VIENNA – Concentration camp survivors voiced indignation on Wednesday at an Austrian prosecutor’s statement that it was justifiable for a far-right magazine to call people who were liberated from the Nazi camp at Mauthausen a criminal “plague.”
An article in the July/August edition of Die Aula said that description applied to a significant number of freed inmates, saying they committed a range of crimes nearby after Nazi guards fled at the end of World War II.
“The fact that a non-negligible portion of freed prisoners became a plague on people is deemed by the judiciary to have been proven and is only disputed today by concentration camp fetishists,” Die Aula’s article said.
Prosecutors in the southern city of Graz initiated criminal proceedings against the author on accusations of Holocaust denial and inciting hatred, but later dropped the case.
“It is plausible that the release of several thousand people from the Mauthausen concentration camp presented a burden for the affected areas of Austria,” the prosecutors’ office said in an explanation of its decision signed by one official and made public by a parliamentary procedure last month.
“It cannot be ruled out that, in the context of the liberation, criminal activities … were engaged in by those freed,” it added. “Criminals were (indisputably) among those imprisoned.”
Austria, where Hitler was born, submitted with little resistance to annexation by Nazi Germany and for decades after World War II asserted that it was the first victim of Nazism.
Almost 200,000 people were sent to Mauthausen, condemned to forced labor for being Jewish, gay, members of resistance groups or of other groups opposed by the Nazis.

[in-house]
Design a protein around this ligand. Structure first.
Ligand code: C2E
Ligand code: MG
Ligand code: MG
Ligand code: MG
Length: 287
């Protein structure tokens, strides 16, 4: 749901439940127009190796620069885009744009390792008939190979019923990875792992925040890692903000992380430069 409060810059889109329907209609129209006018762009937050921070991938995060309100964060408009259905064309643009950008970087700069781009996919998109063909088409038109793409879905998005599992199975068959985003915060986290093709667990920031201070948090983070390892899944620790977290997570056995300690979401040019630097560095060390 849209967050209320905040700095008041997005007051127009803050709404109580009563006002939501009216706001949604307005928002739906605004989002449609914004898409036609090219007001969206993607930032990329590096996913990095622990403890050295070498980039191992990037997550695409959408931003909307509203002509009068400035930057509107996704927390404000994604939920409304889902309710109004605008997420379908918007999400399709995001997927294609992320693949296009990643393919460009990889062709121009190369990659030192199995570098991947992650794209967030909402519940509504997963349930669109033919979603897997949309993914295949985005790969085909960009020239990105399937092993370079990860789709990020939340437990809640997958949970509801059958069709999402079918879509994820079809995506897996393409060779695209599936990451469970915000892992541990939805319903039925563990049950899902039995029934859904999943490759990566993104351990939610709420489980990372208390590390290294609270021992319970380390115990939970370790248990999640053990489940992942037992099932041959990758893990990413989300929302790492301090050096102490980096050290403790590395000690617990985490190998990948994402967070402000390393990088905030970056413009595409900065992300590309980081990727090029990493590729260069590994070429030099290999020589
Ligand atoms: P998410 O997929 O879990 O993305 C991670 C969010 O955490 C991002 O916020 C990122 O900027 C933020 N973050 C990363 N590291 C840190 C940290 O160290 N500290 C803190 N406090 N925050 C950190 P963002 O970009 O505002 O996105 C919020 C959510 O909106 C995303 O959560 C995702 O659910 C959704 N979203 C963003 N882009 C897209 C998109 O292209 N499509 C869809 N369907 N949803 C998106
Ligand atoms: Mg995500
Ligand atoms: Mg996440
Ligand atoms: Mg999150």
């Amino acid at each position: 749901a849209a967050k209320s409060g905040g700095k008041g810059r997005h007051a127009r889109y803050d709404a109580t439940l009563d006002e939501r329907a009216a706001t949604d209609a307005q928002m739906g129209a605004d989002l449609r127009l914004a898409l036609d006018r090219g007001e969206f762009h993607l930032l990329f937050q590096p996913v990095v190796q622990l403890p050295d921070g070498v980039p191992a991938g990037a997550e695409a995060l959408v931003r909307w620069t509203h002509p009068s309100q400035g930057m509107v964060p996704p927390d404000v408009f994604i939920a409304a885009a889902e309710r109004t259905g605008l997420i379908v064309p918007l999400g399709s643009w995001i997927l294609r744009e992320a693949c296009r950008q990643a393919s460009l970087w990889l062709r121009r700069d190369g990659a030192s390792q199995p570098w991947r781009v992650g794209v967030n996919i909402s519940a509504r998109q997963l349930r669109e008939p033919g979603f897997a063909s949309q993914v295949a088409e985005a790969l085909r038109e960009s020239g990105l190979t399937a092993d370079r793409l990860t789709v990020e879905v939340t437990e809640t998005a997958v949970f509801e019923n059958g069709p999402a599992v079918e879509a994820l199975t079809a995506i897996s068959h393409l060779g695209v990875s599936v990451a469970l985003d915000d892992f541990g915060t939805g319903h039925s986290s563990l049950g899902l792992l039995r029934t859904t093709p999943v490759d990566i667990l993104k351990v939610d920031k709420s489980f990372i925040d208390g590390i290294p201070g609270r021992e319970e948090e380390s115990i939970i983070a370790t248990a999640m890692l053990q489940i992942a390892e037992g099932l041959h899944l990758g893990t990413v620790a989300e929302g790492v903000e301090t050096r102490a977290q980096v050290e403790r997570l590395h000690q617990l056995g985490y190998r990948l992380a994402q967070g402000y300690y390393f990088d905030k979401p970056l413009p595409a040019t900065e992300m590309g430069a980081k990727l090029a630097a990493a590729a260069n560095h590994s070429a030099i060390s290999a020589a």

Half of Mauthausen’s prisoners died there.
The International Mauthausen Committee, an umbrella group of national organizations of camp survivors known by its French abbreviation CIM, condemned the Graz prosecutors’ statement for what it called “a lumping-together plucked out of thin air.”
The tens of thousands of inmates at the camp outside the northern city of Linz were largely left to fend for themselves in the days between the flight of SS guards and the arrival of victorious Allied forces in May 1945, CIM said in a statement.
“It is not disputed that food necessary for survival was procured in a few cases against the will of the affected local population,” the CIM statement said.
“But to describe the term ‘plague’ as appropriate as a result not only flies in the face of historical fact but also ridicules concentration camp victims who are still alive,” it added. Another survivors’ group issued a similar statement.
The head of the Austrian Justice Ministry’s criminal law section, Christian Pilnacek, said the decision to drop the case was correct legally but the wording of the explanation by the Graz prosecutors’ office was “incomprehensible.”
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